as members of the Bohemian Na
tional Alliance of America, assembled
Friday at the Tel Jed Sokol hall.
Thirteenth and Martha streets, passed
unanimously a resolution, portesting
strongly against House Roll 291,
which aims to repeal the Mocket law,
adopted by the legislature four years
ago, providing for the teaching of
modern languages in grade schools, in
classes above the Fifth grade, under
certain conditions.
This law was held to be constitu
tional by the supreme court of Ne
braska and under it there were sev
eral classes in the local schools! open.
in which the Bohemian language is
being taught. The Bohemians hold,
that the teaching of foreign languages
did not cause any other regular sub
ject or the English language to be
neglected. The Bohemians of this
country are determined to have their
children educated in the English
language above all, as the language
of this country, but they feel that the
teaching of the language of their an
cestors under certain conditions can
only tend to make them advanced in
all other subjects.
It was reported at the meeting that
$1,500 had been raised in this section
for the war sufferers.
Basket Ball Standings
P. W. L. Pet.
Omaha Nationals S S 0 1.000
Omaha Soconda., 1 2 0 1.000
Beseltns 8 4 l .800
Commerce Seconds 4 2 2 .600
Commerce Teachere 2 ' 1 1 .600
Townsend Seconds 4 2 2 .500
O. L. T Its .400
Joe Smiths. S 1 2 .333
Y. Jl. U. A 2 4 .333
P. W.v L. Pet.
Calvary Baptists 7 0 1 .860
Denspn Methodists..... 7 6 2 .714
First Methodists 7 6 J .714
Methodist Wops 4 2 .Otifi
St. Mary's Ave 7 4 3 ..67:
West Side Cong 7 I 6 .288
First Christians 6 14 .200
Covenant Preeuytertans. 6 16 .160 j
Heard Among
the Flippers
"Red" Turner, sophomore of the Central
Hlrh school and a forward on the Central
Purk Community Center quintet, hits outt
basket ball. Th rim time Turner per
formed for the Community Center he broke
a perfectly goitd tooth. A dontlst rnpnlrd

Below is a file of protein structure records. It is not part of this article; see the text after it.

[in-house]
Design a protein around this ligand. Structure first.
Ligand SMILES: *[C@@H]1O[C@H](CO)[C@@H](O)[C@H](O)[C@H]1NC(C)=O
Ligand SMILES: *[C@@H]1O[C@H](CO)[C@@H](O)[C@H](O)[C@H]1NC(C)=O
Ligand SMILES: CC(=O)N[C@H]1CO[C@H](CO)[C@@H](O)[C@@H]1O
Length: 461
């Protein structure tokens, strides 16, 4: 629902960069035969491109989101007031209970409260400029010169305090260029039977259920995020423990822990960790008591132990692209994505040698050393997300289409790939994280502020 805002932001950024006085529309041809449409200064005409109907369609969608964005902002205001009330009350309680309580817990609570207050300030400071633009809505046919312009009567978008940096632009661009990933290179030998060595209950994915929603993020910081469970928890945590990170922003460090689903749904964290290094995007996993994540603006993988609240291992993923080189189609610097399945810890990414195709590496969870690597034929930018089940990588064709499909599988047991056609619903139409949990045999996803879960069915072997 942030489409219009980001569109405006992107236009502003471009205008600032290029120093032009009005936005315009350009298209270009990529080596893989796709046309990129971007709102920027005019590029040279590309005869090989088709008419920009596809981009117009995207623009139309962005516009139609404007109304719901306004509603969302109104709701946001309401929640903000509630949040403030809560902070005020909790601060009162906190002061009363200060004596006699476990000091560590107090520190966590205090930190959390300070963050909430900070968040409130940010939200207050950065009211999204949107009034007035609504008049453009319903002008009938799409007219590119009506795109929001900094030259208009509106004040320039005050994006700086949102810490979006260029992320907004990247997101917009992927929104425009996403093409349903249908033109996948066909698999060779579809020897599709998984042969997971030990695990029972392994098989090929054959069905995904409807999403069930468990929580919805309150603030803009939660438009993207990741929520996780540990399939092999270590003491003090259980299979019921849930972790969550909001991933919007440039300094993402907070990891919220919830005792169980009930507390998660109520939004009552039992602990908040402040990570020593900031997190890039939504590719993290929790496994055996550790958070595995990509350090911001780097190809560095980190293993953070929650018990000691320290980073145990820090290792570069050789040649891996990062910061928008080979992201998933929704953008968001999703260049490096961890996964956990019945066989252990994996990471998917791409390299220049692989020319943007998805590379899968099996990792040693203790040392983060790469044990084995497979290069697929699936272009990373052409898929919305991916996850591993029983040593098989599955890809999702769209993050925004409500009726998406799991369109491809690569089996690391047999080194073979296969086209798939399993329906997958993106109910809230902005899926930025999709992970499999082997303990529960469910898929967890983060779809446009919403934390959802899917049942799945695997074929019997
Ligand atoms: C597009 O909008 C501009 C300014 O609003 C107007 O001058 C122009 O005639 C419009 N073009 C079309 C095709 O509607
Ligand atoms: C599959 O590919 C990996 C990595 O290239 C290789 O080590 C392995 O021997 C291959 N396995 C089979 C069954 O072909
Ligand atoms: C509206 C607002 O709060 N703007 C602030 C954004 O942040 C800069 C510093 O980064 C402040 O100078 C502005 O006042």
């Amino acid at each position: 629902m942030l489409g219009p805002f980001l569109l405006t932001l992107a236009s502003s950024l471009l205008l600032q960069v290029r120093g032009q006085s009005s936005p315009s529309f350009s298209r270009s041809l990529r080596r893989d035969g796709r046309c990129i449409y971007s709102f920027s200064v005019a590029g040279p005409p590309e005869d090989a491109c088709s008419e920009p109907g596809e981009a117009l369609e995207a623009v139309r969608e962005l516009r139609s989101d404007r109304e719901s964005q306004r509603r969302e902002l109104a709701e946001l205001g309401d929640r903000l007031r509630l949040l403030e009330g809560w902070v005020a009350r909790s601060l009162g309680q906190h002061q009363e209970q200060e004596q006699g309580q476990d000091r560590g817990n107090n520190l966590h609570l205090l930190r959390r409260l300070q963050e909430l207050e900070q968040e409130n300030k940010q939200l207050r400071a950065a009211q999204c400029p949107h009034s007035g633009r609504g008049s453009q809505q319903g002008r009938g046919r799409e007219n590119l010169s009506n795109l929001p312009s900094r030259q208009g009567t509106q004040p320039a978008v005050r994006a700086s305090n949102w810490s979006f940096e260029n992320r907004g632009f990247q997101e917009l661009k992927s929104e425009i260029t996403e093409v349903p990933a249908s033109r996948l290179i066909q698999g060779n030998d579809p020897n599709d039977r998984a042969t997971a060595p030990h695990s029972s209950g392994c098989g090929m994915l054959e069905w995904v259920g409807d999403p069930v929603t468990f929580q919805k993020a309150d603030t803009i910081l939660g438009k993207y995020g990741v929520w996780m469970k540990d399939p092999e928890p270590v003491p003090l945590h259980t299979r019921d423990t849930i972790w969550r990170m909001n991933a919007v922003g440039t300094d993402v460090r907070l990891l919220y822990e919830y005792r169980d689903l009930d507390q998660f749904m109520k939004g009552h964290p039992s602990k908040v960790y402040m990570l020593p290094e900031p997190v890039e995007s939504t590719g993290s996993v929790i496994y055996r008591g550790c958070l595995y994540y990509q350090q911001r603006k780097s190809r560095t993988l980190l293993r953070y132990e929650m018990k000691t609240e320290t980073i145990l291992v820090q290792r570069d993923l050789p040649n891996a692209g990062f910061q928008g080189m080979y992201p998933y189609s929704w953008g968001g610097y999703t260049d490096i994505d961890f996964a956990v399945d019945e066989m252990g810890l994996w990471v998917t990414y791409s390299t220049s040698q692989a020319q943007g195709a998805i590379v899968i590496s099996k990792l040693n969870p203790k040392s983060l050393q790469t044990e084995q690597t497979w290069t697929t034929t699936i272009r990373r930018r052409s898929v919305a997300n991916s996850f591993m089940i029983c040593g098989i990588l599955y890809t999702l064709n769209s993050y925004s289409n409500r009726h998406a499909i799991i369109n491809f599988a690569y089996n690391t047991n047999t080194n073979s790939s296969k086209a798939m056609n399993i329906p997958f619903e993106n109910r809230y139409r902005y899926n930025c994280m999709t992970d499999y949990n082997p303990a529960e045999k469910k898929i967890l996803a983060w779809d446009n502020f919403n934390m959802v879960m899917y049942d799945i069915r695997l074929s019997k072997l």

i no uamage lor a live spin, in. iicxi, unie
the forward turned up to play he broke
two more teeth. Parontal objection and
the high cost of living forced his retire
ment, i
Milton MORkovltch was einrted captain of
the Townatfnd RtMerves irrlday evunins to
succeed liflchtold.
Carl -TrVelgel, manager or thn Townsends.
w has charge of the community center
rk at Miller Park. Caste iar and Kellom
schools. The position was formerly held hy
Jake Isaacson, who was recently appointed
superintendent of recreation.
jonn (jaiveri ri ine mpdsoh jMcimjaisut,
who broke his arm last Thursday, will not
be able te play any more this year. Cat
vert held down the position of uuft forward.
The Marves. out for th junior otismpion-
shlp of the state, wilt tack to the Bennington
Hlgn school me ai jjunningiou -usua)
water Ha many, captain or me First
Methodists, will be married Monday eve.
nlng at Lincoln. Ho has resigned his bosket
Dull position.
Leonard Mlllhera. star forward of tne
Commercial High school, who juttt gradu
ated, would like to land a berth on ono of
the Commercial leaeue quints. Mlllbsrg was
considered the most conelntent point get lor
en tho Commercial five during his two years
of playing. '
Coyotes Lick Giraffes
And Tigers Trounce Cubs
The Covotes won from the Giraffes
and the Tigers outdistanced the Cubs
in the weeklv games at the X tor
the basket ball championship of tie
business boys' A class! The Coyote-
uiralte game ended witn tne score at
13 each. In the extra rive minutes
Ayres, center for the Coyotes, tossed
a field goal for the winning points.
The Tigers easily won their game by
a 14 to 9 score, the lineups
Sedln R.F.
RT Roeves
L.F......M. Konecky
C Ayres
R.O Hogolow
Hluinenthal L.F.
Hrown C.
irnr K.u. Morris l,.tl. L.O Nicotera
Field goals: urown t... rogci, jienve.
(3). M. Konecky (2). Ayres (2). Free
throws: Brown, M. Konecky (2). Referee:
P. Kenecky.
Second game;
..... Burntiam
. . , . . Copeland
Anderson ....
FlRld goals
Anderson (21. Stocklrie m
Moore. Burnhem (.1), Copeland (2), Mitchell,
tree tnrow: Anaerson. neieree: t'. Koneray.
Heavy Hoisting
1212 FarnamSl. Tel. D.353
west be heard only as it was given
y an orencstra from the east. Ines
timablc service was rendered to the
country by what Theodore Thomas
did in his travels with his orchestra
Now the eastern cities wilt have to
look to their laurels.
"For example, there are few or
chestras in the world that can be
ranked with the Minneapolis orche.v